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Commercial sex workers convert forest into lodging

By By Tobias Chanji | Published Fri, June 28th 2013 at 00:00, Updated June 28th 2013 at 12:15 GMT +3
Commercial sex workers at Chobingo forest [Photo: Tobias Chanji/Standard]


By Tobias Chanji

Skimpily dressed women stand in paths in the bush whistling, clapping and winking to attract potential male clients.

Chobingo forest in Ukunda town, Kwale County has turned into a den of prostitutes.

About 12 women in their 20s have converted the forest into their lodging and were willing to offer sexual satisfaction for as little as Sh50.

Dressed skimpily, the women stand in the paths inside the bush whistling, clapping and winking to attract potential male clients. This is despite pupils and their teachers, besides other residents, passing through the forest each day as they go about their business.

 “We could even get men who would part with Sh200 provided they are not required to use protection,” says Lucy Wambui, who is famously known as Queen Sheba.

But the girls now fear for their lives after clients started stealing from them.

“They started stealing our phones,” says Wambui.

A group of young men recently descended on the forest and beat up the girls, injuring some of them.

Wambui says the tents they had put up from tree branches to create a form of privacy were torched by unknown people.


Purity Ndinda is obviously in pain judging from the bandages on her abdomen. She too was attacked by the men but she cannot report to the police.

“There were six of us at our usual place of work when a group of youth came, undressed us and started beating us, calling us malaya wa msituni (bush prostitutes),” says the 25-year-old.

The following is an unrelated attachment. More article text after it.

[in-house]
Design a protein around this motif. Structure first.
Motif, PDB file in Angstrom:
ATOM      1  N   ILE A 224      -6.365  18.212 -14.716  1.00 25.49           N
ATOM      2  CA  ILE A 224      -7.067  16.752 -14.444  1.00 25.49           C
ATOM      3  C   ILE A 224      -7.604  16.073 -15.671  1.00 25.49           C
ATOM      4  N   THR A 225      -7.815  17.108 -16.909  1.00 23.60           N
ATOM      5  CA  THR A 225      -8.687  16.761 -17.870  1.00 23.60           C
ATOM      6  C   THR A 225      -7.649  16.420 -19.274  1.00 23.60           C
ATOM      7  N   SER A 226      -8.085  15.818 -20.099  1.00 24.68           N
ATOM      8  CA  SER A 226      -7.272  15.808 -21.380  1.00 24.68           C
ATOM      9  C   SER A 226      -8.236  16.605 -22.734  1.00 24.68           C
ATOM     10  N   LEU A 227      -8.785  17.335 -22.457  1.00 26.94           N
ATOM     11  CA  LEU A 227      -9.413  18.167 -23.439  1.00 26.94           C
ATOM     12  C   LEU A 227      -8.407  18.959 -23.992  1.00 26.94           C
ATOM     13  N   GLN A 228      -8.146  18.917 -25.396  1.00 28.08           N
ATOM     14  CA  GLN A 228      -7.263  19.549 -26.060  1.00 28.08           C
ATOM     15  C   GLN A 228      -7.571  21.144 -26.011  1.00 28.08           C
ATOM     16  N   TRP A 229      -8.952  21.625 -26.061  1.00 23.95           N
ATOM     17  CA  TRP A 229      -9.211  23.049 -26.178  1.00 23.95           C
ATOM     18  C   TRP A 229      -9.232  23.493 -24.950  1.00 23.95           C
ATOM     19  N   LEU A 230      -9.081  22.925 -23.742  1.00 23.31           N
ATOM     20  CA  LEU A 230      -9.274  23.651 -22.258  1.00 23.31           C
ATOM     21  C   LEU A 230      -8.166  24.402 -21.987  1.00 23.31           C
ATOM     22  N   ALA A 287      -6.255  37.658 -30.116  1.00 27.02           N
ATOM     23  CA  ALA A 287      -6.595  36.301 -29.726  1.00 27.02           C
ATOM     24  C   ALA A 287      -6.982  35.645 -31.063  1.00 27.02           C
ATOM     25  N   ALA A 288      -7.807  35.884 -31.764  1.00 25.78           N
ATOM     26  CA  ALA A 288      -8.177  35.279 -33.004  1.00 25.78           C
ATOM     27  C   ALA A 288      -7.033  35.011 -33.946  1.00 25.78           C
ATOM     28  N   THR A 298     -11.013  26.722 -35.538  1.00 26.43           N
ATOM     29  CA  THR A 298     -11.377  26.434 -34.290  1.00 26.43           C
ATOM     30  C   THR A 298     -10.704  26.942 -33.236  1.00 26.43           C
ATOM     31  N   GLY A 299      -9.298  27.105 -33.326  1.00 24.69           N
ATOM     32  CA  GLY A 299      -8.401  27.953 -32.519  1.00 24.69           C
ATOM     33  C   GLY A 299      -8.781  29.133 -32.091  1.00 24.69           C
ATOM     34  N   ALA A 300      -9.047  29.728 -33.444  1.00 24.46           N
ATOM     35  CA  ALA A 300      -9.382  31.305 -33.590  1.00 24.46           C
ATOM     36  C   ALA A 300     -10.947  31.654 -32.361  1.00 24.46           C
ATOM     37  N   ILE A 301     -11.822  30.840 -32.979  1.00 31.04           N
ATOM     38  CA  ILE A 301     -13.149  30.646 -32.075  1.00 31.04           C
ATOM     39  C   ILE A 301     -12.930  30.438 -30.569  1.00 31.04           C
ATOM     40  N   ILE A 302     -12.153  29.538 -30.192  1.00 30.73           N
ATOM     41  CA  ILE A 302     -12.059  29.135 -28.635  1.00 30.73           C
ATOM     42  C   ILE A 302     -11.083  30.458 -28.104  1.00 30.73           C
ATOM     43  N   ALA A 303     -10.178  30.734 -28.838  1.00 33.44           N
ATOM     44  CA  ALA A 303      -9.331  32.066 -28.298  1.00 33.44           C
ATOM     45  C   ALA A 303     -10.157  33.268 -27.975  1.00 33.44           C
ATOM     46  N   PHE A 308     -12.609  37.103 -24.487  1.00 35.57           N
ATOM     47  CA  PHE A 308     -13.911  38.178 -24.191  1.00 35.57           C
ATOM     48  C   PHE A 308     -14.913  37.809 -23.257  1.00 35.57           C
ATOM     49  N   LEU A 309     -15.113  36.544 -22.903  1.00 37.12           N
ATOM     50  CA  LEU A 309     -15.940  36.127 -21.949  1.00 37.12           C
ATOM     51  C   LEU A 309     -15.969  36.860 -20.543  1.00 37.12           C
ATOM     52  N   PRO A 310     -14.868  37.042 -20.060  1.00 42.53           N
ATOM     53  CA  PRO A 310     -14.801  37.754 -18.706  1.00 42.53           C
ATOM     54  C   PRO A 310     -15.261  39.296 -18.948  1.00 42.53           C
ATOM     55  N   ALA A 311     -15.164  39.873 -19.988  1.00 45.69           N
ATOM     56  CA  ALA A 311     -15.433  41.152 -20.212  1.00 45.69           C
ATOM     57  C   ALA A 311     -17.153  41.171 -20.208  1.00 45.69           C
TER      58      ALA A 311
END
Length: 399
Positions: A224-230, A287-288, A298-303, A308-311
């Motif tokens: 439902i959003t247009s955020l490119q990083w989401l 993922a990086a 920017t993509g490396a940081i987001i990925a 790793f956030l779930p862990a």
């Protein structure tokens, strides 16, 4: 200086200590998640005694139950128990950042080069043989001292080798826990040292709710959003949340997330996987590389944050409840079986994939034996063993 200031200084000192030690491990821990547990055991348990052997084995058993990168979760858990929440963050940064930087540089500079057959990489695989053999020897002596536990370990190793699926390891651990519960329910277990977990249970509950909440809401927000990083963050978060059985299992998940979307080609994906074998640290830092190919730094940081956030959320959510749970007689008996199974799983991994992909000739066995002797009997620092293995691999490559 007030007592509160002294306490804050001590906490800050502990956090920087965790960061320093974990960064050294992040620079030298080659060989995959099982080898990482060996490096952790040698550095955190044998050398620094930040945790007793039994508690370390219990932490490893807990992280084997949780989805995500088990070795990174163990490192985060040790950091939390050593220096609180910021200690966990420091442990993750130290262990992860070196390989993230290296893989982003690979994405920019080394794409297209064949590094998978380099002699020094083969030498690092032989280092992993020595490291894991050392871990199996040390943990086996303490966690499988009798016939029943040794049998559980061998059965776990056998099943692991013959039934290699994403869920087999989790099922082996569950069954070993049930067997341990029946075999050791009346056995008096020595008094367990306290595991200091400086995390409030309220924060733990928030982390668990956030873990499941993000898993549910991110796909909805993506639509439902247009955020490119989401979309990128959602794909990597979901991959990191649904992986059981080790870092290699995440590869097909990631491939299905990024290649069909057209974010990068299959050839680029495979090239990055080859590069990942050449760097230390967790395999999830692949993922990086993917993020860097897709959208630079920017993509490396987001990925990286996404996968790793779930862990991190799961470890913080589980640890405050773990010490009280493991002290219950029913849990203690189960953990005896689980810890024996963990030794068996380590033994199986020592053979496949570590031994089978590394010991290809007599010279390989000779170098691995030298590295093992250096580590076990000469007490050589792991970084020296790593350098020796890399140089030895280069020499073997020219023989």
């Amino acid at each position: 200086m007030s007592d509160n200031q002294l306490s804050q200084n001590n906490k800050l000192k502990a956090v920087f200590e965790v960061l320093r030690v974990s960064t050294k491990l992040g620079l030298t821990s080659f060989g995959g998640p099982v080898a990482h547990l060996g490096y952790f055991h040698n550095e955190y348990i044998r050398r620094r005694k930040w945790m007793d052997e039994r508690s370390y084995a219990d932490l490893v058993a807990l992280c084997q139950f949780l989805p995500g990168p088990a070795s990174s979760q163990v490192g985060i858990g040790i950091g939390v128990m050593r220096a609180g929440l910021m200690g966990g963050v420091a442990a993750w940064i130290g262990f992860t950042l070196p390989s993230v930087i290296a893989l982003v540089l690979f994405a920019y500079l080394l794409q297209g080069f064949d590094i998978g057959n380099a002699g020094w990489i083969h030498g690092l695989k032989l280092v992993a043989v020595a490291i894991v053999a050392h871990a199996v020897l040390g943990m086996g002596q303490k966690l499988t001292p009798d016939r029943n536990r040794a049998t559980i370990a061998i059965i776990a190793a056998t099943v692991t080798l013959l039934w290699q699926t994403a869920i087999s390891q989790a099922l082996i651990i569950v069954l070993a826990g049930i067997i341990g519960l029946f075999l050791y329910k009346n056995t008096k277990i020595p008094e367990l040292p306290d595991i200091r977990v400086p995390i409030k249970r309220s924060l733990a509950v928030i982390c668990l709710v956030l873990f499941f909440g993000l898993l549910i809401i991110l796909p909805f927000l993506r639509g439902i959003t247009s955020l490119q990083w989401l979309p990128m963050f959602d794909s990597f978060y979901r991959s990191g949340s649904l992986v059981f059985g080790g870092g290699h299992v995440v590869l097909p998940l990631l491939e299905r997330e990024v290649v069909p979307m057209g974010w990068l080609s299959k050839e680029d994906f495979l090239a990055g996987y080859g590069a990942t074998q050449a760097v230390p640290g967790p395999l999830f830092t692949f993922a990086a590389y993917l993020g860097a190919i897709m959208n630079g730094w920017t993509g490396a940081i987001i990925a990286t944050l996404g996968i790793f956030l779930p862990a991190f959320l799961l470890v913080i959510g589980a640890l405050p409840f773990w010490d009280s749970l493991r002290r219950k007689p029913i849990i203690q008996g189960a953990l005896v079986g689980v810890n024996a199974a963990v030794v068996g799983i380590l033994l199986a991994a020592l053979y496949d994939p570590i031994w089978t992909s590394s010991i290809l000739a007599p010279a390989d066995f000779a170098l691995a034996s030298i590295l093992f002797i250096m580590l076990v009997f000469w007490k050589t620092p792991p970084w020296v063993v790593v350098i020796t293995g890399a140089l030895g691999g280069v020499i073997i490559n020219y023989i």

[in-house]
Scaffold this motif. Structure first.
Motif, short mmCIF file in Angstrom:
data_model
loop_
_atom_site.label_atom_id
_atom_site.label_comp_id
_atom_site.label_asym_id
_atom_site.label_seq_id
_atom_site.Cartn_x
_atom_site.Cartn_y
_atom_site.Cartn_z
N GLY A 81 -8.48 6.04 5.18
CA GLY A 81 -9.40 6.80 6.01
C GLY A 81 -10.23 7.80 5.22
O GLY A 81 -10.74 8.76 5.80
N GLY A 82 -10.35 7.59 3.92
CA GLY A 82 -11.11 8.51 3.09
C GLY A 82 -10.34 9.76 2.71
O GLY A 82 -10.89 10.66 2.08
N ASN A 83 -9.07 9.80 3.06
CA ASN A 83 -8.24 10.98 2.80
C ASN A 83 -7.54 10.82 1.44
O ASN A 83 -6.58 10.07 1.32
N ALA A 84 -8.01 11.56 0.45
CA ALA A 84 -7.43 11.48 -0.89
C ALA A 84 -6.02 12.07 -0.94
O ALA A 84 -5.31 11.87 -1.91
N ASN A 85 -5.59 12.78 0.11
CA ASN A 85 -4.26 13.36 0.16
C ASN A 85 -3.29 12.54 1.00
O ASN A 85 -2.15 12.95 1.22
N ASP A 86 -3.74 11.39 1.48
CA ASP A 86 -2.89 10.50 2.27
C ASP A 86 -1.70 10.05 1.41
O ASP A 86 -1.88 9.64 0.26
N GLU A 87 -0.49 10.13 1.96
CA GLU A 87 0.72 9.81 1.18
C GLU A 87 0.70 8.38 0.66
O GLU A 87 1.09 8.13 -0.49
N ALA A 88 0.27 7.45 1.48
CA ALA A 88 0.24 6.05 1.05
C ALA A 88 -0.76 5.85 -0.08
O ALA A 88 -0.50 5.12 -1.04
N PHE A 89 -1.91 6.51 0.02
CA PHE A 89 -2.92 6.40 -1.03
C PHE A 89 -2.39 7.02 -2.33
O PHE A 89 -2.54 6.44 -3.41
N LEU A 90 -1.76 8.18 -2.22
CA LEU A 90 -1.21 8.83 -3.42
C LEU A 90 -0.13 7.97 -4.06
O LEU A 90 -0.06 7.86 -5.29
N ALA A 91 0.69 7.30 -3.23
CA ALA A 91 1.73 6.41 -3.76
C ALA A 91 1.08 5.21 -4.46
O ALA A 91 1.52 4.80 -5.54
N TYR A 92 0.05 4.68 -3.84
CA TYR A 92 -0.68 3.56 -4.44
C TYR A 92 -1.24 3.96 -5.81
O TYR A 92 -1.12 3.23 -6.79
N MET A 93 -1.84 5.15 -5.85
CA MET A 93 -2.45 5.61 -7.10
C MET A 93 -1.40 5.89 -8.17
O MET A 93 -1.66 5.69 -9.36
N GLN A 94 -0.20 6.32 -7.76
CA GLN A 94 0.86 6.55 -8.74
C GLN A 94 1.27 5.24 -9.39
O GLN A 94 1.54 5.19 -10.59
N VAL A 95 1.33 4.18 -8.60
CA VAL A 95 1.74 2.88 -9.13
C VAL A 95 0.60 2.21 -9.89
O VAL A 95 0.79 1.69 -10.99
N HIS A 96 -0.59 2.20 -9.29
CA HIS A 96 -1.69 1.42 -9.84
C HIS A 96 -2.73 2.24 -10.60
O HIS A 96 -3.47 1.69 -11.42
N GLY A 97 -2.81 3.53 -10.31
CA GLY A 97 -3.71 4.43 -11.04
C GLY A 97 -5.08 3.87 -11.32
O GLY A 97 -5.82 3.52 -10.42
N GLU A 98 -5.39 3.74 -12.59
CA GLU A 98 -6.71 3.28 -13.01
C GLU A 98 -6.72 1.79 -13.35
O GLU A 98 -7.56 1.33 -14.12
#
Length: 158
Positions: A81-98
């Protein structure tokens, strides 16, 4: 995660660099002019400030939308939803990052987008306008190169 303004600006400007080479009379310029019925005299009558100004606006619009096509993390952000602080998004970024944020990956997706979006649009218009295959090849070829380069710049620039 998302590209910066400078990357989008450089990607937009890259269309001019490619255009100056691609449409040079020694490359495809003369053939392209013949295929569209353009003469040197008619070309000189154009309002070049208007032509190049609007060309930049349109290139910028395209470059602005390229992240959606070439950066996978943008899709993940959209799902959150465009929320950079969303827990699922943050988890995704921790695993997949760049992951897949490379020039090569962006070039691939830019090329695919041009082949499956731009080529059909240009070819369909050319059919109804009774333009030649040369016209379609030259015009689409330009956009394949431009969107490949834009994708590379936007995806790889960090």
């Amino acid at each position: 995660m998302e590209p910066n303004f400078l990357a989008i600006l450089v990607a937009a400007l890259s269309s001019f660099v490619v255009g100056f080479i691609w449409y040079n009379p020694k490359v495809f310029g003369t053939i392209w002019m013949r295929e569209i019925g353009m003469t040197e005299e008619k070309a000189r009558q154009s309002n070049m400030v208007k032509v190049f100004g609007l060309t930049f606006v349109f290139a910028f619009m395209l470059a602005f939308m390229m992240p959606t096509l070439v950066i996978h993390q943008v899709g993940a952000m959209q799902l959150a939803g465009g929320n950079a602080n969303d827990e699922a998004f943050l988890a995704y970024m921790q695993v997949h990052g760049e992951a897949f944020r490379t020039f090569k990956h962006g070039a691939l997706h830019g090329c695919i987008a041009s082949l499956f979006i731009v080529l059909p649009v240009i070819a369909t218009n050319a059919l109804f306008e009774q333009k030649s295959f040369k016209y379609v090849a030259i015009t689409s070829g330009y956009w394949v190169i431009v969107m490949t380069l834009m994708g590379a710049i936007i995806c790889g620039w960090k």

Ndinda got to the neighbouring Teens Watch Rehabilitation Center to get medical attention.

Wambui has a dislocated collar bone and a swollen hand from the beating. She says her medication cost Sh3,500 so far and because she has no money she has resorted to tying her swollen hand with a head scarf.

She says she has experienced too many unfortunate incidences in Chobingo forest and wants to take advantage of her knack in many foreign languages to engage in smart business.

“I know how to plait hair and massage the body. I had two children although one died two months ago. I have been through a lot. We are really terrorised inside the forest and need protection,” added she.

Protection fee

A group of youth took the task of giving them protection, but at a fee.

Ndinda says the said youth who now guarding the forest demand Sh500 protection fee on a daily basis.

Pastor Chrispus Ingoye of the Grace Covenant Church says one of the women had been feeding her child with palm wine after her house was locked for lack of six months’ rent arrears.

“She could give the child three spoonfuls of palm wine to send him to sleep so that she can go back to the forest to look for money. We paid her rent but could not keep up with her other needs,” she said.

Area AP commandant, Mr Gilbert Nyunyi says the only solution is to take the women back to their homes so that they can be helped to stay away from drugs.

“Even if we arrest you, we are not helping you. I urge you not to go back to the forest, let us chase robbers but not you, we want to start organising for you to go back home,” said the commandant when he addressed some of them.

The project manager, Mr Cosmas Maina at the Teens Watch Rehab Center that assists the women with drugs and other basic needs wonders why the men who solicit the girls’ services are not punished.

“The men who beat the girls are the same ones who want to sleep with them, why are they not punished because there are no prostitutes without men counterparts, the women have children who need care, when we are planning for them, let us remember to engage them in income generating activities,” explained Mr Maina.

Ukunda division Assistant Commissioner, Daniel Mwendwa said he was waiting for a detailed report on the women from the center to map out the next course of action.

“Once we get the report, we will get the people involved but the women must change their ways,” he quipped.